Why proper underlayment can extend the life of your tile roof

October 23, 2017

, Why proper underlayment can extend the life of your tile roof

With their hardiness and old world appeal, tile roofs bring a historic character to the home; however, after 60-100 years, leaks often become evident.

Many tile themselves are not completely water tight. They depend on an underlayment that rests between the clay tile on top and the wooden deck below, said Mark Sherby, a quality control expert for The Durable Slate Company.

Typically, it’s the asphalt-based underlayment that begins to deteriorate, which leads to leaks.

How do you fix this?

  1. Pull up the tile in the leaking section
  2. Remove the deteriorating underlayment
  3. Install a flexible, fiberglass-reinforced membrane (typically a self-adhering rubberized sheet)
  4. Remove existing flashings and install new flashings (usually with copper). Typical flashing replacements include valleys, wall flashings, chimney flashings and vent pipes.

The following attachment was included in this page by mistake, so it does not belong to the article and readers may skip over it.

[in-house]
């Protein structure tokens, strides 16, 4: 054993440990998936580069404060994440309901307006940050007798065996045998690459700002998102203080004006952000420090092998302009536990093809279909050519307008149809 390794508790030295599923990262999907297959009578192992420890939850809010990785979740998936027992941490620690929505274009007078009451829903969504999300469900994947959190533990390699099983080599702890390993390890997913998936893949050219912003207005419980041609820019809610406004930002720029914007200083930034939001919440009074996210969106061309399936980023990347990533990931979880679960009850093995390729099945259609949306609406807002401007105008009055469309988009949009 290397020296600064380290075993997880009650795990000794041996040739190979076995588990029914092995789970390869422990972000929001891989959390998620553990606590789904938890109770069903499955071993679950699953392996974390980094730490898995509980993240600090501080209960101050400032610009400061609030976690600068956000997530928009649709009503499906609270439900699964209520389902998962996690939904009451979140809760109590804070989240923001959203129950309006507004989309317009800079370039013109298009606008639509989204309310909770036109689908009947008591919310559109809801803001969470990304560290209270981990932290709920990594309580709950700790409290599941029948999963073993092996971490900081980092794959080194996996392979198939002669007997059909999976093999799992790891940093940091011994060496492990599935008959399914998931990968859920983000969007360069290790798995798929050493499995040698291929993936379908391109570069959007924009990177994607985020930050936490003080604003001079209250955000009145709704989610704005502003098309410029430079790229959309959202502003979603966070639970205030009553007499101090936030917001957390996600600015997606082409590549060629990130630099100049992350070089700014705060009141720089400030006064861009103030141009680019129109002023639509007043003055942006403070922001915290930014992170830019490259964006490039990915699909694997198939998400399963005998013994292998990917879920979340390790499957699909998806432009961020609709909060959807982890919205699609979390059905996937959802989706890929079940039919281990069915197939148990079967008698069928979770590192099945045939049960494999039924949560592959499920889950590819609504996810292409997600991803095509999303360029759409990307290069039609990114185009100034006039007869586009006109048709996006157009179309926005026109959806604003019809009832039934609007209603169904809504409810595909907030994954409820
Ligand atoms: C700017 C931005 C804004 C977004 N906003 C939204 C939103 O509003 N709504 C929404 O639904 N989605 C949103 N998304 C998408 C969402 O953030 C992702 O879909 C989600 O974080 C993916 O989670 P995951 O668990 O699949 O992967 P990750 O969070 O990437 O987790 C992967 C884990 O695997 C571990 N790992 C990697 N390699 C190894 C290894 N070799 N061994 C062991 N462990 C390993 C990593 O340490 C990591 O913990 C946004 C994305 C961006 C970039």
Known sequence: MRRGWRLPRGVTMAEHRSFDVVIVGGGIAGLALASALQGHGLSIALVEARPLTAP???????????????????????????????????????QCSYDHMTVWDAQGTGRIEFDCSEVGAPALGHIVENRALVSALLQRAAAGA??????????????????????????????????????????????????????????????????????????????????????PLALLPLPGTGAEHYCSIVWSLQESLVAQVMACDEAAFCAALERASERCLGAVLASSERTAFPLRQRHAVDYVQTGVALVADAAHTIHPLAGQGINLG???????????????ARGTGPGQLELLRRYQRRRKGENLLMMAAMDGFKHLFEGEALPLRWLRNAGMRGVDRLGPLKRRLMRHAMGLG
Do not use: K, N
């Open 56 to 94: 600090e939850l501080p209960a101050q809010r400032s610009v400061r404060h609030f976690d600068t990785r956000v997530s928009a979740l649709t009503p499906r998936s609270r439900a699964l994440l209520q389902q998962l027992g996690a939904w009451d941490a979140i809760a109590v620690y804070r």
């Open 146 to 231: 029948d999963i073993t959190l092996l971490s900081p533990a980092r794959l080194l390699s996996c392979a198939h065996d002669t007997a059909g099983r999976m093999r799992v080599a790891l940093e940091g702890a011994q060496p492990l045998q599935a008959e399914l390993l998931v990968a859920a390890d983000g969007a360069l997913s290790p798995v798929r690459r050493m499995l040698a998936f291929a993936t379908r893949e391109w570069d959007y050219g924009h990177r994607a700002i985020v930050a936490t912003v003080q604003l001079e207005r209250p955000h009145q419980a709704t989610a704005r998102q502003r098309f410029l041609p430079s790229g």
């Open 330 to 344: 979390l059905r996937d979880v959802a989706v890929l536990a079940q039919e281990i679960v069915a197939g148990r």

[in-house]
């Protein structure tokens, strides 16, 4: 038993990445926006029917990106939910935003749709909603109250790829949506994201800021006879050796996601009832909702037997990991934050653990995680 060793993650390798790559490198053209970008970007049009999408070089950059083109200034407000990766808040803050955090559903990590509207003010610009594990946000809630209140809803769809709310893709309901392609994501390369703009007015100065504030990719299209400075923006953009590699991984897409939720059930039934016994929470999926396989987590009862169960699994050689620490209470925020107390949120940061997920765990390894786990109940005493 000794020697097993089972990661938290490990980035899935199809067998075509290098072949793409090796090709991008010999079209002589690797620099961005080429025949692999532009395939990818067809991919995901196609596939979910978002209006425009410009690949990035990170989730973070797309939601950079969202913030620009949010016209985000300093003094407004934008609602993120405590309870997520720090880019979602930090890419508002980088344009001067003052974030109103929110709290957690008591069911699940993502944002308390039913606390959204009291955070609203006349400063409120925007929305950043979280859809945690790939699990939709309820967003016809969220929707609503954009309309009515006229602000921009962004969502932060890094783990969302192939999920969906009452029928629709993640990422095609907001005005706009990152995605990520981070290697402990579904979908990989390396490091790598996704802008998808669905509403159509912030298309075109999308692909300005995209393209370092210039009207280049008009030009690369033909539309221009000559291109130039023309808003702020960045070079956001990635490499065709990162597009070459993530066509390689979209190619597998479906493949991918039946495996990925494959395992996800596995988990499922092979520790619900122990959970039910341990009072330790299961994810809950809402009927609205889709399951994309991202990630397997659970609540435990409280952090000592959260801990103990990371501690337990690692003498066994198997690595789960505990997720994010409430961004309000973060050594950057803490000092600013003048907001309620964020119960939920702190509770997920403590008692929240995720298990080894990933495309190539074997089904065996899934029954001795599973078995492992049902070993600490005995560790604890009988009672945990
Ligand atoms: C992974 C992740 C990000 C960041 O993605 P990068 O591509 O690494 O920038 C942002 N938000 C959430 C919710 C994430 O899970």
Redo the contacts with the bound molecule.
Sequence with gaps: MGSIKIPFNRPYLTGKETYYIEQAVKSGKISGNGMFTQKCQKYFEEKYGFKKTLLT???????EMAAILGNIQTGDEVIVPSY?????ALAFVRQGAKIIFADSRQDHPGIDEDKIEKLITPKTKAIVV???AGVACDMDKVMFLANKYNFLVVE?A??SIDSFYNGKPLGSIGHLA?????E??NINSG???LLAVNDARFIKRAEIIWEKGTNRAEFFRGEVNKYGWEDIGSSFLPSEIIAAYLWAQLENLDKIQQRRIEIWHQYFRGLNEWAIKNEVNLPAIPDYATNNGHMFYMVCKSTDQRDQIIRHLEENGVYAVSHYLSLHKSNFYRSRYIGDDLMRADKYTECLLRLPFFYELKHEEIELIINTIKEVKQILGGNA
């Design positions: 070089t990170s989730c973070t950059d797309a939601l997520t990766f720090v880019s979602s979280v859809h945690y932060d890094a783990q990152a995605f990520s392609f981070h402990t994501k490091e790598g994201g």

5. Reinstall existing tile and/or replace damaged tiles
  6. NOTE: Durable Slate has one of the largest inventories of reclaimed clay tiles in the country. This is important so that we can match the existing, historic tiles already on the roof.

Established in 1986, Durable Slate has installed, repaired or restored hundreds of tile roofs.

“It’s important that the underlayment, flashings and tile are installed to strict standards. Using an inexperienced company can potentially cause more damage,” Sherby said.

The Durable Way

Quality is essential to restoring tile roofs. Durable Slate emphasizes the use of copper fasteners on clay tiles since they do not rust. Using old-world techniques, Durable Slate employees hand-solder the seams of their copper flashing work wherever it is appropriate.

“Caulking might last a few years, but a proper soldering job can last more than 75 years. Plus it’s maintenance free,” Sherby said.

“Preserving the craftsmanship of a bygone era is our specialty,” Sherby said. “We take pride in maintaining the historic appeal of these homes.”

Mark Sherby works in The Durable Slate Company’s Quality Control Division. He has been working on slate and tile roofs for the last 15 years.